How to Hire Employees for Clients Running a Home-Based Business

How to Hire Employees for Clients Running a Home-Based Business

Remote work is on the rise thanks to the wide range of benefits it offers to both employers and employees. The evidence is clear that remote workers on the whole are happier, healthier and more productive than their office-bound counterparts. In the digital age, it is also becoming easier than ever to start and run your own home-based business.

Successful home-based businesses will eventually need employees, however, and recruiting for a client who’s running a home-based business can be a challenge.

Effective Recruitment Saves Time and Money

Employee turnover is costly for any business, but it can be particularly costly for smaller or home based businesses. Training a new employee takes time away from doing other things, not to mention each employee generally carries more weight and responsibility in a smaller business. Losing or even having to let go a single employee is far more problematic in a smaller business than in a larger one where there are more employees to cover temporary gaps.

Remote Work Changes the Recruitment Process

Recruiting remote workers for your client can be vastly different from recruiting traditional office workers. The likelihood is, their business will not be as large, well-known or sought after as larger companies might be. While larger companies may have the resources to be constantly developing methods to grow their pool of talent and draw from it, small independent businesses will lack the resources.

Conversely, however, what home based businesses have to offer that traditional companies do not is a more attractive position with an opportunity for a rapid advancement. Most home based businesses are also very successful thanks to new tech that enables them access to platforms and software earlier reserved for large enterprises only.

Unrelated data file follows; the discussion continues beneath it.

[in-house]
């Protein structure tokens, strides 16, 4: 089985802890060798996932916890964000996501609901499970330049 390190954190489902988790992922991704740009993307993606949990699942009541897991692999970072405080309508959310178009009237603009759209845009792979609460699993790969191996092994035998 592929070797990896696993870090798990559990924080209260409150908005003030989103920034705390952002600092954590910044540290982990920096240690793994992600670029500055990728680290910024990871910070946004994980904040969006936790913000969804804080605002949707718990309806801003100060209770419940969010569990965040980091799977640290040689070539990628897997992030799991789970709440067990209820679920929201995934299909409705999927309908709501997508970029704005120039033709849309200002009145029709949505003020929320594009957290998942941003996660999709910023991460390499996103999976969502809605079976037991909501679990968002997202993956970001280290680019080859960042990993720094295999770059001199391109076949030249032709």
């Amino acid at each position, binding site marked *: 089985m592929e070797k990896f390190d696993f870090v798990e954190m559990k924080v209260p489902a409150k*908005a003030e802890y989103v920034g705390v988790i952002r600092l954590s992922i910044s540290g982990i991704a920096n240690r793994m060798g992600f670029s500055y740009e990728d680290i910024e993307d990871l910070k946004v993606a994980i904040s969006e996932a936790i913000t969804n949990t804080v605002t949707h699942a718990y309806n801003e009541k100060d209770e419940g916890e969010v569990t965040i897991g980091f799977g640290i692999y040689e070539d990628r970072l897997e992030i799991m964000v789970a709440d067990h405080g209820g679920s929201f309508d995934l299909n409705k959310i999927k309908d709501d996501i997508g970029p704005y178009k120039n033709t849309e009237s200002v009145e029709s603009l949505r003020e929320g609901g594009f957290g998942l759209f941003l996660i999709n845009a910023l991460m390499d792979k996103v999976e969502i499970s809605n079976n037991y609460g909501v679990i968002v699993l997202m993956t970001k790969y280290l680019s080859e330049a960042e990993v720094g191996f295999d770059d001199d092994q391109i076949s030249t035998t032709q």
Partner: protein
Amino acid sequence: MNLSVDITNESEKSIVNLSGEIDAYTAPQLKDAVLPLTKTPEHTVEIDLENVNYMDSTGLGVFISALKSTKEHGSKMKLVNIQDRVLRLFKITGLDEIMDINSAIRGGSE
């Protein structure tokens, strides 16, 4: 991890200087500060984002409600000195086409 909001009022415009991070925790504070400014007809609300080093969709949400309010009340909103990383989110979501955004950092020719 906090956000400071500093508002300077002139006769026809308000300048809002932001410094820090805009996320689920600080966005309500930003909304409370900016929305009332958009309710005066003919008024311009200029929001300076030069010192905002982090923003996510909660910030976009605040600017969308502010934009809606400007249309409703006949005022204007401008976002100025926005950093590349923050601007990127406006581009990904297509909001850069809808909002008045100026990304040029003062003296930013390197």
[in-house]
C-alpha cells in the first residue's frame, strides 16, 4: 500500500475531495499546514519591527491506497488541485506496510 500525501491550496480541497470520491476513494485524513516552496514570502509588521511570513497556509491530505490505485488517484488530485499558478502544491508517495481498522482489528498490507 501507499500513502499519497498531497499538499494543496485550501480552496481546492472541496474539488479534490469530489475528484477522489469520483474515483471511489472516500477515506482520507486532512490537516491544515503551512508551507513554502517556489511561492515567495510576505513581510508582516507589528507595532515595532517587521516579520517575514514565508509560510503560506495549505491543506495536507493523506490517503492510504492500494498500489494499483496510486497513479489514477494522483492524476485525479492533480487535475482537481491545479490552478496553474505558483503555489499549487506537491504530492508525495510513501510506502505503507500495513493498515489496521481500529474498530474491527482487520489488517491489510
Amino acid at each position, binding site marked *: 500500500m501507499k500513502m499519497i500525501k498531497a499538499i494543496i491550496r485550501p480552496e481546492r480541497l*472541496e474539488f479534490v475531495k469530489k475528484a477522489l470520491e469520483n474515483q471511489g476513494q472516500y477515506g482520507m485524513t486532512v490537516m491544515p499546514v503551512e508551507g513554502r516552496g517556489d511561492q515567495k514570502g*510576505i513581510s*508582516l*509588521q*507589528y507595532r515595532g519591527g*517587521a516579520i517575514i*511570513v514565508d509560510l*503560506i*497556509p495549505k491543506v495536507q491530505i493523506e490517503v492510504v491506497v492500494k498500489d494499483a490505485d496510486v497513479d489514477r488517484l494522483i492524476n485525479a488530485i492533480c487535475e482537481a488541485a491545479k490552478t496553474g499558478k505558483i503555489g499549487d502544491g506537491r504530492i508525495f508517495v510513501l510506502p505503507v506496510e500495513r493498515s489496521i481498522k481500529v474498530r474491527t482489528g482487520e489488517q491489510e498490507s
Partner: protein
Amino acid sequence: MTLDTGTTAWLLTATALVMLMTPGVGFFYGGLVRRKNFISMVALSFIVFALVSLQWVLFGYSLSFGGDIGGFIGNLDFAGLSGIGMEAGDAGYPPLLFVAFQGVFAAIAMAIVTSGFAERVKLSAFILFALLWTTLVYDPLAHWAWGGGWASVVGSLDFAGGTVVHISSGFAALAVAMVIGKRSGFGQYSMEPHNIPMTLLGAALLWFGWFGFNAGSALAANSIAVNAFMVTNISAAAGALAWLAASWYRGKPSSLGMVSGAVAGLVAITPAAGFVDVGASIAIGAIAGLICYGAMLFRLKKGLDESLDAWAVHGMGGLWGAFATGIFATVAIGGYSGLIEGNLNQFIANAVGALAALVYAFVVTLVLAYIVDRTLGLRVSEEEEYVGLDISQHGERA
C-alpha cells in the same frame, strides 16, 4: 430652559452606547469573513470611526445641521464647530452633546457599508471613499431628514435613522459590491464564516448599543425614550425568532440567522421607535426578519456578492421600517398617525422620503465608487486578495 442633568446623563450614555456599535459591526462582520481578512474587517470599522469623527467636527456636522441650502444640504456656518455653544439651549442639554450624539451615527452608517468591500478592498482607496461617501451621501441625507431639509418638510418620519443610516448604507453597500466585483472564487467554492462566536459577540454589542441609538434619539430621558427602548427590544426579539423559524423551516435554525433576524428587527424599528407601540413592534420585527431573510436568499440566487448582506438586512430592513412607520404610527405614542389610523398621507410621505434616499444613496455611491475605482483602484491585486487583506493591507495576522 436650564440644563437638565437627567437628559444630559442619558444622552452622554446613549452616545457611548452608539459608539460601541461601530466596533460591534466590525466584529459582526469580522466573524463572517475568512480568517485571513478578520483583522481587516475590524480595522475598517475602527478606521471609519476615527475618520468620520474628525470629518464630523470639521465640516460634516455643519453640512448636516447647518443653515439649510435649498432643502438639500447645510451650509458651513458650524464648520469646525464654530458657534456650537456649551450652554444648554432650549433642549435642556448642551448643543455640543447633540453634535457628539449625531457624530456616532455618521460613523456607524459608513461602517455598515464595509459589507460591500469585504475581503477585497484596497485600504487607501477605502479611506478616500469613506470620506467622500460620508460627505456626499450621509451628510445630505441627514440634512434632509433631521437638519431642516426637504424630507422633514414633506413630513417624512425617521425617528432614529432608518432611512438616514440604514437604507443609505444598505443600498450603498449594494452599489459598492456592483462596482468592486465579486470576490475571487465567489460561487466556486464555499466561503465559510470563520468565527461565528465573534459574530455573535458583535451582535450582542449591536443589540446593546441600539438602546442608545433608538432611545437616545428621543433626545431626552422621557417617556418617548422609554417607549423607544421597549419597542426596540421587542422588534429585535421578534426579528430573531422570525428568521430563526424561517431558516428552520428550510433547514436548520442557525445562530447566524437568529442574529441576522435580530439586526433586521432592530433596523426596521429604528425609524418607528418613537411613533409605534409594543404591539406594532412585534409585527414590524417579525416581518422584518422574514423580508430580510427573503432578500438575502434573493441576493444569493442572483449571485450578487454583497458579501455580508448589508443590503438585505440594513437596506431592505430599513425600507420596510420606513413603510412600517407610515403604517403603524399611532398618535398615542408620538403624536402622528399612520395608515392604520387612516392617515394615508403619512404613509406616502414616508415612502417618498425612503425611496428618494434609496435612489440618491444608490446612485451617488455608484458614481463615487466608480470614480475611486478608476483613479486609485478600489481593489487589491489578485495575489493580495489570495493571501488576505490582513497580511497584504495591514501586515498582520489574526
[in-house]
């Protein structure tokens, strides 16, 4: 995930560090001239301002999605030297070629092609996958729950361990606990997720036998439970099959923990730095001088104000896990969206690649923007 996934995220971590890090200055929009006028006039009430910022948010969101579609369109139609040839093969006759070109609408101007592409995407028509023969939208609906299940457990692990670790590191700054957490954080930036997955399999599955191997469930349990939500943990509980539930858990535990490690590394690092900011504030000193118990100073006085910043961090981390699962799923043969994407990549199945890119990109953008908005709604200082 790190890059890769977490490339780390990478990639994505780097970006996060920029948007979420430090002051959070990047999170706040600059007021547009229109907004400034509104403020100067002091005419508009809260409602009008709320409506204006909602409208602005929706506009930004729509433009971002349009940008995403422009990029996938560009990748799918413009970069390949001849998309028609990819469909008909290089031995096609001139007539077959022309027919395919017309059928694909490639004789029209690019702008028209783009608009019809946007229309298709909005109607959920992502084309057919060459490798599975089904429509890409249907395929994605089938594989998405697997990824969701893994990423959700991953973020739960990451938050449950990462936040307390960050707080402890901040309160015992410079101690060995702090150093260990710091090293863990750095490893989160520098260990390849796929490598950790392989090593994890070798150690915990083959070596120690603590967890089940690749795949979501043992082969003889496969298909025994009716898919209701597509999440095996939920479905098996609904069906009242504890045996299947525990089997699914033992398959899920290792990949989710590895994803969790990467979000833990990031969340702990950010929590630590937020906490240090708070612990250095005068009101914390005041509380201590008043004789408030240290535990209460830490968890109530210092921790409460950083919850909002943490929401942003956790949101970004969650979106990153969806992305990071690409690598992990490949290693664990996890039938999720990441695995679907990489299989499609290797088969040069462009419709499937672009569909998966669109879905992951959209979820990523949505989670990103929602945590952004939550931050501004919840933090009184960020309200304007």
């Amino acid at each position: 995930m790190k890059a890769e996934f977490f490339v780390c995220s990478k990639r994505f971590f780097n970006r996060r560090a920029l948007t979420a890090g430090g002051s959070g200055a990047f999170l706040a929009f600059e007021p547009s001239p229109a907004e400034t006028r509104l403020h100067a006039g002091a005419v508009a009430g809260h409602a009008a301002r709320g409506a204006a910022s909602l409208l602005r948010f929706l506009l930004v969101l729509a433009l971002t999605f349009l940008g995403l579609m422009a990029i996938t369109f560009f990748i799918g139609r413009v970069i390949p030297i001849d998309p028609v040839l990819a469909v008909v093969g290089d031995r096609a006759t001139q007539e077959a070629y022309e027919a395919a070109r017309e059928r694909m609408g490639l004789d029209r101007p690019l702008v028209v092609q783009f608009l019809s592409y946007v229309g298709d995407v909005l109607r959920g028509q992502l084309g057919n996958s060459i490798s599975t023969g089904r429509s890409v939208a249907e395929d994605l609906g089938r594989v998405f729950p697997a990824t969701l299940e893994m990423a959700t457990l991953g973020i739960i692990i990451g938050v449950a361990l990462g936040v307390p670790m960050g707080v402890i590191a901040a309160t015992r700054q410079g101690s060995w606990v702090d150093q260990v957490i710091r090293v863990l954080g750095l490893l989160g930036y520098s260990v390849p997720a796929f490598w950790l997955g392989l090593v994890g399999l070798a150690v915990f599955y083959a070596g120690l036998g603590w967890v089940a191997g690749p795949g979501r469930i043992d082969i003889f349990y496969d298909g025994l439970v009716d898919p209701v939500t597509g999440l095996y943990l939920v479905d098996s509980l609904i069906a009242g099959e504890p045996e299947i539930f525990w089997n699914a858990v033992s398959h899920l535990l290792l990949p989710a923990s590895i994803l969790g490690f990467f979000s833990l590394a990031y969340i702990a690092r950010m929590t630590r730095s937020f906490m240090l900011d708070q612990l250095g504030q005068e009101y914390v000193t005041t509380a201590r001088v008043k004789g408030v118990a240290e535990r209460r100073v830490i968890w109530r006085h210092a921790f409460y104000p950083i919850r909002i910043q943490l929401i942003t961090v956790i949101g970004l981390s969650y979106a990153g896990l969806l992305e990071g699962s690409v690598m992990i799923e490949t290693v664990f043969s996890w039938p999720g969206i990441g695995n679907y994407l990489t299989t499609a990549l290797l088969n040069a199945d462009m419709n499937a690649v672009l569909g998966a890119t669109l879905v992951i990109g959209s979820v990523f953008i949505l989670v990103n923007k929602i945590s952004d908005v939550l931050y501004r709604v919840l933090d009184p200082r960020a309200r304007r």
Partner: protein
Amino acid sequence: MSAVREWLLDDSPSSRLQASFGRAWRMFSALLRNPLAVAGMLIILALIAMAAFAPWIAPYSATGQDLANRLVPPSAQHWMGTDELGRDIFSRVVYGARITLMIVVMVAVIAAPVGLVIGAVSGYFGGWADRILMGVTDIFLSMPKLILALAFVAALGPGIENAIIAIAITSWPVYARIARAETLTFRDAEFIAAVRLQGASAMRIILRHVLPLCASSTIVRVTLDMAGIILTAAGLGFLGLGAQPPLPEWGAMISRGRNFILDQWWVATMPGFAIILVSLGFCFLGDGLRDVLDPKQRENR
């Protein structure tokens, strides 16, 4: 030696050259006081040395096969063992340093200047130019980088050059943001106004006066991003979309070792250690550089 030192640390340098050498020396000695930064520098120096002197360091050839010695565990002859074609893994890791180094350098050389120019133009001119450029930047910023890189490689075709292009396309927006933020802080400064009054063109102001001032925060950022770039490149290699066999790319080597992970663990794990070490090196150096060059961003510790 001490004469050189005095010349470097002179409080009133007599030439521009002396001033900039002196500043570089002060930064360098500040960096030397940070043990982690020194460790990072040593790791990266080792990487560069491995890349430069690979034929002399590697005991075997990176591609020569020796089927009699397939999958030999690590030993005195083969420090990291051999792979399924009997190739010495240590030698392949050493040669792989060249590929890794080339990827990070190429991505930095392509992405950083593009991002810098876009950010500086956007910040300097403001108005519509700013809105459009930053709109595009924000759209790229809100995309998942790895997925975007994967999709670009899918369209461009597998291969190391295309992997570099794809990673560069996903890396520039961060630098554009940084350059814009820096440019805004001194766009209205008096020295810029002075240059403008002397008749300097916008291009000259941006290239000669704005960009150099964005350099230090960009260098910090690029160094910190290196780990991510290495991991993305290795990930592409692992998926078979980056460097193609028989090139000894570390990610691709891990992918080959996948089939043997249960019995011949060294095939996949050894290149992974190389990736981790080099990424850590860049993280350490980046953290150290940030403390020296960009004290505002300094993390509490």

Today, small home-based businesses can become a serious competitor to large enterprises if they play their cards right, so recruit for them as seriously as you would for a large enterprise.

Traits to Look for In Remote Workers

When it comes to hiring remote workers, you will look for a very different set of traits and skills when compared to a traditional office worker. In fact, an employee that thrives in a traditional office setting may not do so well as a remote worker. Then again, workers who do not thrive in a traditional office environment can do extremely well on a remote position. This means all resumes and work histories should be viewed in a very different light. Here are 5 key traits you want to look for in an employee when recruiting for a client running a home-based business.

1. Independent Thinker

Almost across the board, larger businesses and companies want “team players.” While you certainly want someone who can at least “play nice” with a team, you don’t want someone who is actually dependent on a team for support. You are looking for those who can and even prefers to work on their own.

2. Wide Range of Skills

When larger businesses are looking to hire someone for a certain job, they generally want someone who has several years of experience. They want specialists who they know they can count on to do one job, do it well and possibly keep doing it for several years. While a larger business may pass on a resume from an individual who has experience in retail, bookkeeping, SEO and graphic design, this might be just right for your client. What this shows is that they can handle a multitude of responsibilities and they are constantly picking up new skills.